UI elements, as outlined by the Nielson Normal Group study, include: “menu items, links, images, graphics, lines, captions, textures (like gradients), colors, fonts, and icons.” The purpose of limiting these elements it to avoid having an excess of unnecessary “fluff.”  

Again, remember minimalism focuses on making it easy for the reader by only including what needs to be included.  

  • Maximized Negative Space

Minimalism loves white space (as you’ll continue to see).  Again, white space doesn’t have to actually be “white,” but in most cases it is because white evokes a feeling of clean, simple, direct, organized.  Therefore it has it’s own positive reaction.  We will discuss this further when we talk about color.

Maximizing white, or negative, space further guides the reader to the point and prevents an overwhelming feeling.  It makes things simple.

  • Dramatic Use of Typography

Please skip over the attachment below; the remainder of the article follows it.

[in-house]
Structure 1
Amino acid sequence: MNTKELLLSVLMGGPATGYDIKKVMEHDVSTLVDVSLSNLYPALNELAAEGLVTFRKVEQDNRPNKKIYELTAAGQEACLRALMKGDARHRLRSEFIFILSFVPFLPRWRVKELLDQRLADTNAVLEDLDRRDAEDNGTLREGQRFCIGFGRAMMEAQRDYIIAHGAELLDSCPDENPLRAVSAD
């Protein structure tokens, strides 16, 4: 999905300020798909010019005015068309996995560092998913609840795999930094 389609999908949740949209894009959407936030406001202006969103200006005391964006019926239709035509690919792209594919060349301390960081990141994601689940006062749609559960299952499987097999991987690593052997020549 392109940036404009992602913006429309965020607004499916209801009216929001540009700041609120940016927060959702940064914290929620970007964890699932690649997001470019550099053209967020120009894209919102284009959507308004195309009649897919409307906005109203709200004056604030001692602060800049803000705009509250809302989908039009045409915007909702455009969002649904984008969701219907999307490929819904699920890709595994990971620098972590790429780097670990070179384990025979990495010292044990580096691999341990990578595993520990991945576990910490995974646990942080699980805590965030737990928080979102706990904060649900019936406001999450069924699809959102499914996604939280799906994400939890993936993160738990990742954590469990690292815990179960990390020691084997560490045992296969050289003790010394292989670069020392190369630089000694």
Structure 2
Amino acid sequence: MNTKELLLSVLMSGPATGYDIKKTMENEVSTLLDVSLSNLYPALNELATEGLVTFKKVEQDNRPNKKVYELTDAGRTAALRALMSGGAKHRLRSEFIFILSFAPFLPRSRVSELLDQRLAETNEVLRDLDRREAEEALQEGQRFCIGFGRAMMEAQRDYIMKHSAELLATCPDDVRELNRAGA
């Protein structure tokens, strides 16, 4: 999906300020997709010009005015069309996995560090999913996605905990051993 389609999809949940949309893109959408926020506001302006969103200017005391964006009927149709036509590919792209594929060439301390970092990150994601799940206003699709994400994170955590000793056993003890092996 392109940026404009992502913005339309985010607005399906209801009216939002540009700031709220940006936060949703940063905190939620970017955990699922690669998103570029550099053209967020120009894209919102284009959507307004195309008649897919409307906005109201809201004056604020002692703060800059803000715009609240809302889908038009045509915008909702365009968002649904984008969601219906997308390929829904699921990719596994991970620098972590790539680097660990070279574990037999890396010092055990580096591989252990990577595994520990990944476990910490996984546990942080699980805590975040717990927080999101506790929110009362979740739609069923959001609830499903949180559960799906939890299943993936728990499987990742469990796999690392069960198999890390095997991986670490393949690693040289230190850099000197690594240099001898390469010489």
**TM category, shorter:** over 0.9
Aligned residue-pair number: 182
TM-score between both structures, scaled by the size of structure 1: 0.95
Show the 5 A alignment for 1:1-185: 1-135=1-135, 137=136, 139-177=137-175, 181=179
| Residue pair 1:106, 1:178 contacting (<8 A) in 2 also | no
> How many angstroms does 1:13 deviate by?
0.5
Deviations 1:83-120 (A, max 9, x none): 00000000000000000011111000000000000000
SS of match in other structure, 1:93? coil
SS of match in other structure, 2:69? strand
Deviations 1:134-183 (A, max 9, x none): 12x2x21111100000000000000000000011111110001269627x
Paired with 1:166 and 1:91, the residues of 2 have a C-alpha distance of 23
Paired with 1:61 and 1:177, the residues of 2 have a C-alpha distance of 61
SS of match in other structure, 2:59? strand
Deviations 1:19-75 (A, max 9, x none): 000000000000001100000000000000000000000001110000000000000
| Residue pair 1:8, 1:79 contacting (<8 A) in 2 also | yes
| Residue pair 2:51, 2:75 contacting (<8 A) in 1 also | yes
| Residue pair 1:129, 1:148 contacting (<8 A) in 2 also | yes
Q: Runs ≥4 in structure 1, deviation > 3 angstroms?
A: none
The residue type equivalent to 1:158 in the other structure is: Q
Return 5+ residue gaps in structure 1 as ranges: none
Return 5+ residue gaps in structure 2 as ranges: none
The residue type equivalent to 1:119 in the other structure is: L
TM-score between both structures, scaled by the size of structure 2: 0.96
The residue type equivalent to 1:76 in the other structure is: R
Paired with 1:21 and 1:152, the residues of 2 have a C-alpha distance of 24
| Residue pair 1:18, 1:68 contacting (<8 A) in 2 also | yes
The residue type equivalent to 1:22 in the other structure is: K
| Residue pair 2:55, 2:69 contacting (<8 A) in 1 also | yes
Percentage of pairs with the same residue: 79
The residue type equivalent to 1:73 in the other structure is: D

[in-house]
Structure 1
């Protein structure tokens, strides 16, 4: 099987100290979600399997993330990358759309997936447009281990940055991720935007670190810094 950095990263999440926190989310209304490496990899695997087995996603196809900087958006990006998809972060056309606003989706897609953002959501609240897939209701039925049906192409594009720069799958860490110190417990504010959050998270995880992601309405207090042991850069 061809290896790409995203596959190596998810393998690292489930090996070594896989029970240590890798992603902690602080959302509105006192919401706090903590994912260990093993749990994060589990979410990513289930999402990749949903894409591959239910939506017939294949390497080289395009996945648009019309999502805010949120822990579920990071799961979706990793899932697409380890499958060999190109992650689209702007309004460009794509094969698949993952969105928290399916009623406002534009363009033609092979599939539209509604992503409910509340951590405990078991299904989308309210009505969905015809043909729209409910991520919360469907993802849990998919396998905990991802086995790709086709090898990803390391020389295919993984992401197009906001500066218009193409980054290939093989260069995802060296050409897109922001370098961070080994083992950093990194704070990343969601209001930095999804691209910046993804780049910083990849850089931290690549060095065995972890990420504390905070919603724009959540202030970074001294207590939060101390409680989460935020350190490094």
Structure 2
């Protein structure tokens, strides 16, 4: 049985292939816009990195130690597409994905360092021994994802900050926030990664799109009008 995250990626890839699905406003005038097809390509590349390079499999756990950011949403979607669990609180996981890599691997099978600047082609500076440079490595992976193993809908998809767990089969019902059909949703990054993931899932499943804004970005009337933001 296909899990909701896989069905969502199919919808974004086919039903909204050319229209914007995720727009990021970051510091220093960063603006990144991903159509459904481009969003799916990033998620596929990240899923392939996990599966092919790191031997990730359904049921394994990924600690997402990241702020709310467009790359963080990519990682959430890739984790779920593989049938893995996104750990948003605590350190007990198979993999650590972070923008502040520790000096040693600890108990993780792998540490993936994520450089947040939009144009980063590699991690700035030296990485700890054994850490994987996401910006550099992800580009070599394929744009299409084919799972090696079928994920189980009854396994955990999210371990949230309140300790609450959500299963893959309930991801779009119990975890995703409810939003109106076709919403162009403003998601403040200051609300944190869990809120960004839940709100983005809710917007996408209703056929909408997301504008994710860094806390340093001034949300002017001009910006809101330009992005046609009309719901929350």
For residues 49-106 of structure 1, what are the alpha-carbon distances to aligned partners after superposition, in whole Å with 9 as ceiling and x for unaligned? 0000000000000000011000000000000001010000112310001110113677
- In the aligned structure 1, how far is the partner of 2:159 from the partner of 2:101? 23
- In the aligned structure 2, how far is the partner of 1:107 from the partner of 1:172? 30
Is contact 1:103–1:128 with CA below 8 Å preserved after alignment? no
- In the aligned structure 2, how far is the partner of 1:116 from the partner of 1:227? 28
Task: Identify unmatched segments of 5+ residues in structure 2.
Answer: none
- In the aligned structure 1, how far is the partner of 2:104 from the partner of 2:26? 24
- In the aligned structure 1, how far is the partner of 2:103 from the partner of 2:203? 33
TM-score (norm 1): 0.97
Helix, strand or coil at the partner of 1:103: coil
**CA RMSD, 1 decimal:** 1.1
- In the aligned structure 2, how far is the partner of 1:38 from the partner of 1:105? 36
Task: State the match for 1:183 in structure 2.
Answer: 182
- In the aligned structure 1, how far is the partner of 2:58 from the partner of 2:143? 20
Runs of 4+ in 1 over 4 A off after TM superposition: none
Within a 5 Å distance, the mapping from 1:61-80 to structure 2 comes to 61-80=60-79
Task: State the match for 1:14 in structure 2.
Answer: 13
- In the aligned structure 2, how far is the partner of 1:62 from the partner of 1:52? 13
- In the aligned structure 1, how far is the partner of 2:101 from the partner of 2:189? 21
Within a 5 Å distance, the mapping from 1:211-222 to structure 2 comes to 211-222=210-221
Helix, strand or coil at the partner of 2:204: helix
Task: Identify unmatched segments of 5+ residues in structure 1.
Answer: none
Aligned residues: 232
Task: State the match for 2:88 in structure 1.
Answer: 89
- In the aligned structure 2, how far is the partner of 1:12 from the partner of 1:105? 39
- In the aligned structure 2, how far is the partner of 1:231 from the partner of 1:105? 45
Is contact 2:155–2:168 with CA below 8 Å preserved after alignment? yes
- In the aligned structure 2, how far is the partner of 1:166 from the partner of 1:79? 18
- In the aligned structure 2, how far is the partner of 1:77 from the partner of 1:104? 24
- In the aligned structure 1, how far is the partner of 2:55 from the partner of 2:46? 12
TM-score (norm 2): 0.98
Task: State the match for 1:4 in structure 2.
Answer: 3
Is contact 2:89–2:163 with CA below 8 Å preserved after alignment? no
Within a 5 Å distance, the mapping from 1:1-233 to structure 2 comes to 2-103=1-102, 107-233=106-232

Though Google certain uses it’s own font in it’s logo, they do not illustrate a dramatic use of typography.  In fact, a lot bloggers and websites actually don’t do this in the majority of their website.  They usually limited this to their heading or their logo or in any infographics, charts, or illustrations.

other design trends

  • Boards and grids: 

Think of Pinterest (example below). 

Though not as popular as scrolling websites, this trend can provide value for certain types of websites.  Microsoft Windows operating systems are utilizing a version of this trend.

  • Vertically scrolling navigation: 

This is an increasingly popular trend in which the reader visits a single page and continuously scrolls down in order to read all the important content they need to know.

The two examples for this is Apple.com and August.com.